Not one strike.
Even one and you could walk out of here with your head held high.
But the kind of failure you experienced today is a real chin-dropper.
Can’t argue with that.
Here’s a hot dog.
I would judge you, but we both know an enjoyment of relish indicates sociopathic tendencies.
You can be nice to puppies all you want, but slathering relish on a perfectly good wiener means I’ll probably have to have a therapist examine you before you reach adulthood just to make sure you don’t wind up stacking bodies under a porch. Just because you’re a girl, that doesn’t mean you can’t be a serial killer. Girls can be anything. Even lunatics.
Not one laugh?
You love when I joke about you potentially being demented?
Today was difficult.
I know that.
That’s why I don’t mind sitting here with you among all this…dirt.
Yes, it’s baseball dirt, but that just makes it patriotic filth.
I told your father you needed another ten minutes.
Now, you know and I know that you’re going to need more than ten minutes. A loss like this--It craters the insides. That, I know.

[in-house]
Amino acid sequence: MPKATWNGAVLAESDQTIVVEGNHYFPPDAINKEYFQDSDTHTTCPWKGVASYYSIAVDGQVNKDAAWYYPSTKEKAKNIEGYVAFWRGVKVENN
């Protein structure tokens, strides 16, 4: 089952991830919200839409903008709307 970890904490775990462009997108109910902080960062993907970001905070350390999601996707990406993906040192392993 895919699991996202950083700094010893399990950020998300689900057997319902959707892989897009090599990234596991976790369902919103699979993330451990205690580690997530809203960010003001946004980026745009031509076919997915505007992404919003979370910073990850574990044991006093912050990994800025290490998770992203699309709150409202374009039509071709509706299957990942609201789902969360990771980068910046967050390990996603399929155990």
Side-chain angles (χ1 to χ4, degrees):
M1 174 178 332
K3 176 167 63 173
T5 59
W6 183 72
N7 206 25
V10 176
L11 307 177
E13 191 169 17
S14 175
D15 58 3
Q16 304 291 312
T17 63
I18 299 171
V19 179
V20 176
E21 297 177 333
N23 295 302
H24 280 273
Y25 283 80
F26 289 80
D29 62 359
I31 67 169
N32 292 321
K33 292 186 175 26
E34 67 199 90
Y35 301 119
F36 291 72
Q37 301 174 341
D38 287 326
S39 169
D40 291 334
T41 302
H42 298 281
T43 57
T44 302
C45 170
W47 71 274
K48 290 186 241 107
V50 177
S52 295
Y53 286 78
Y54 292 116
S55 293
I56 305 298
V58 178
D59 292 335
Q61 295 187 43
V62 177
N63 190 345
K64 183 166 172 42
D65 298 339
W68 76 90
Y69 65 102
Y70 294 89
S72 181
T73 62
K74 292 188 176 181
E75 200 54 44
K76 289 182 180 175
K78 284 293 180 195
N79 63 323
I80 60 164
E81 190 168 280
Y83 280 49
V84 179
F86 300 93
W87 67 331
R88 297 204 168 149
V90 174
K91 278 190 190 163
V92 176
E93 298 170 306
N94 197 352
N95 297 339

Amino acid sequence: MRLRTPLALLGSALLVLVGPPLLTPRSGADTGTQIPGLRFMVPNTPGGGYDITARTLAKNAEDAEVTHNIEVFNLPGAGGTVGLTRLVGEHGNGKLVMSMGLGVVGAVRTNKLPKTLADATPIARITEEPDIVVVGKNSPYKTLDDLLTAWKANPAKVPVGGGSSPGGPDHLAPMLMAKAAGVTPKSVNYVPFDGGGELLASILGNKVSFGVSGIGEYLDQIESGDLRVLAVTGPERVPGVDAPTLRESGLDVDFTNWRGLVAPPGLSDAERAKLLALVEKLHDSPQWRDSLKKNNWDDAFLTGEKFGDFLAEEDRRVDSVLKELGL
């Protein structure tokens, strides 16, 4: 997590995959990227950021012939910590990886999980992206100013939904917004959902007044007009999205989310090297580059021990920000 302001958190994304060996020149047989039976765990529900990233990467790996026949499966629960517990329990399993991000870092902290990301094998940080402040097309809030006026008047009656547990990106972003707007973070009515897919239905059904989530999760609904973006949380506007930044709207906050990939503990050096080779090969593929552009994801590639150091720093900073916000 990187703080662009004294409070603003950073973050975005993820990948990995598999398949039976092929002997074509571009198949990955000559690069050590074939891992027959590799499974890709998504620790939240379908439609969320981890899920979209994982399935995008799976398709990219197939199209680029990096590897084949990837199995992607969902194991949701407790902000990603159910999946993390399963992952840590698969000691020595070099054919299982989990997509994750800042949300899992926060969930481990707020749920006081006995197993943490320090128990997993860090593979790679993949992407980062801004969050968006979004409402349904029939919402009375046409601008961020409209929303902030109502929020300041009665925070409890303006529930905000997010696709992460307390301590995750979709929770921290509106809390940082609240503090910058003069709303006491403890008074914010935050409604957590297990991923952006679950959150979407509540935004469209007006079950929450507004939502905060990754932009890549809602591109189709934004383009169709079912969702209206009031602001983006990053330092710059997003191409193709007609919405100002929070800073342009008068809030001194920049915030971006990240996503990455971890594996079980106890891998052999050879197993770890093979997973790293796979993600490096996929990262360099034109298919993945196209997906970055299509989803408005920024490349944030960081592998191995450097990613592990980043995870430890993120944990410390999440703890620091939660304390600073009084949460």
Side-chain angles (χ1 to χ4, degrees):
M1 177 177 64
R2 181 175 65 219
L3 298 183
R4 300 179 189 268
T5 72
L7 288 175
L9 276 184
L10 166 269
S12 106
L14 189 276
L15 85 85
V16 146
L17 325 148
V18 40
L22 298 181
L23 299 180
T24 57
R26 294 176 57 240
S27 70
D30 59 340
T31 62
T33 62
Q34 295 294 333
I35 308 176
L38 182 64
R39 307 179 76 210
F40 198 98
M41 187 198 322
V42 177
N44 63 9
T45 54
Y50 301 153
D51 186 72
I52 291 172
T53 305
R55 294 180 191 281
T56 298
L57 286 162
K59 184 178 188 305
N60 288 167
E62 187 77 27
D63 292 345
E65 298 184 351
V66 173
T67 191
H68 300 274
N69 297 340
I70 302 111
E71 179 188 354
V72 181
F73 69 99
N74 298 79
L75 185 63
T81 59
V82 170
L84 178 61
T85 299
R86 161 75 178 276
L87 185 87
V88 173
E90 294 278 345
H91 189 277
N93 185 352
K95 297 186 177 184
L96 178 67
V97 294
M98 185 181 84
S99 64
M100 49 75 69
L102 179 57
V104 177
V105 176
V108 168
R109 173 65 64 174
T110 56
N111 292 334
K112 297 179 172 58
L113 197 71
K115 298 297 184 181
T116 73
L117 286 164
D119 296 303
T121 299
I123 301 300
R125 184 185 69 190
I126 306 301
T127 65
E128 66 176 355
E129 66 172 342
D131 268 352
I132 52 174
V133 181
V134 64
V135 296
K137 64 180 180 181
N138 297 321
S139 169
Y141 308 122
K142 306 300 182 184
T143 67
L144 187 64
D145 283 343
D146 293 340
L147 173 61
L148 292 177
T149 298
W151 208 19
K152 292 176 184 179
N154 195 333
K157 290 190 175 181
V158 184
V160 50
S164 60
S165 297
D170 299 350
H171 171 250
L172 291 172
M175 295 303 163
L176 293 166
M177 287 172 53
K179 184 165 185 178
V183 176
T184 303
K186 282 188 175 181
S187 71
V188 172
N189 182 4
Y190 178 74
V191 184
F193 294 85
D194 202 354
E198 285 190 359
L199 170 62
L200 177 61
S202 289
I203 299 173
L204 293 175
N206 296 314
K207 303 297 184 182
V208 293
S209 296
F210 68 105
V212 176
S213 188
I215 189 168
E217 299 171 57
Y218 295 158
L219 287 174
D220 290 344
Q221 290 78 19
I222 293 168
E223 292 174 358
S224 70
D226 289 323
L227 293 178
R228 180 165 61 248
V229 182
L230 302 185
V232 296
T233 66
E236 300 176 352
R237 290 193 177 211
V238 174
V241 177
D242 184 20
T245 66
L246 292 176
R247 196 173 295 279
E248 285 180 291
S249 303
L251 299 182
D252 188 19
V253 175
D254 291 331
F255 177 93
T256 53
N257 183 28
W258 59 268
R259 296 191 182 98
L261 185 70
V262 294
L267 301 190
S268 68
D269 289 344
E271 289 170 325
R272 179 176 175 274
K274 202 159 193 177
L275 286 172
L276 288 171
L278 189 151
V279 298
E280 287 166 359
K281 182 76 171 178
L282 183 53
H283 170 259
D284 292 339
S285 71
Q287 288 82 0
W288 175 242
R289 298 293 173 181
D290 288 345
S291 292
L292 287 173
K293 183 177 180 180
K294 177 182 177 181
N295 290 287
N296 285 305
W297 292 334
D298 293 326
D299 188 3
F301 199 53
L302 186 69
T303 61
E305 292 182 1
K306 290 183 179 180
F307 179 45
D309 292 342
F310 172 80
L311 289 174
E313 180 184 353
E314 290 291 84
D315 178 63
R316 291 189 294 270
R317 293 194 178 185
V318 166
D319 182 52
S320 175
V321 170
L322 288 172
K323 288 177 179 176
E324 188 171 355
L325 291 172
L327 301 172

Don’t forget. Your mother used to be a tennis star.
Up every Saturday and Sunday at dawn practicing with Martina Mashavasovic, the scariest coach in Pittsburgh. She was determined to make me a star, and I blew it at regionals when I threw that racket into the stands and knocked Martina’s husband unconscious. Poor Petrov. He used to love coming to matches, but never again after that. No matter how many edible arrangements my parents sent Martina, she refused to coach me again. I became persona non grata, and at the age of eleven, I was convinced life had ceased to follow its rightful path.
That’s why I was so relieved when you showed no interest in whacking those fuzzy greens. The day your father took your little two-year-old self to the park and returned to inform me that you had crawled onto the baseball field and cried upon being taken away, I was overjoyed. Baseball. So different from tennis, but similar enough wherein I could feel my DNA was not completely absent in you. No necessity for a personal coach--let alone a Romanian with a bad temper and gold tooth that she’d pop out and throw on the ground whenever she was teed up.
No, your father was going to coach you. Sitting here now, I’m not sure that was the best idea. He doesn’t have the required toughness that you need in an athletic advisor. He doesn’t raise his voice and he doesn’t inspire. All his speeches sound like discount greeting cards. Gives you a handful of words and you fill in the rest. Between you and me, I do wonder what you could have become with some urgency behind you.
One thing I knew for sure--
You and me under a spotlight is like an ant under a magnifying glass. We can scurry, but eventually, the heat’ll catch up to us, won’t it?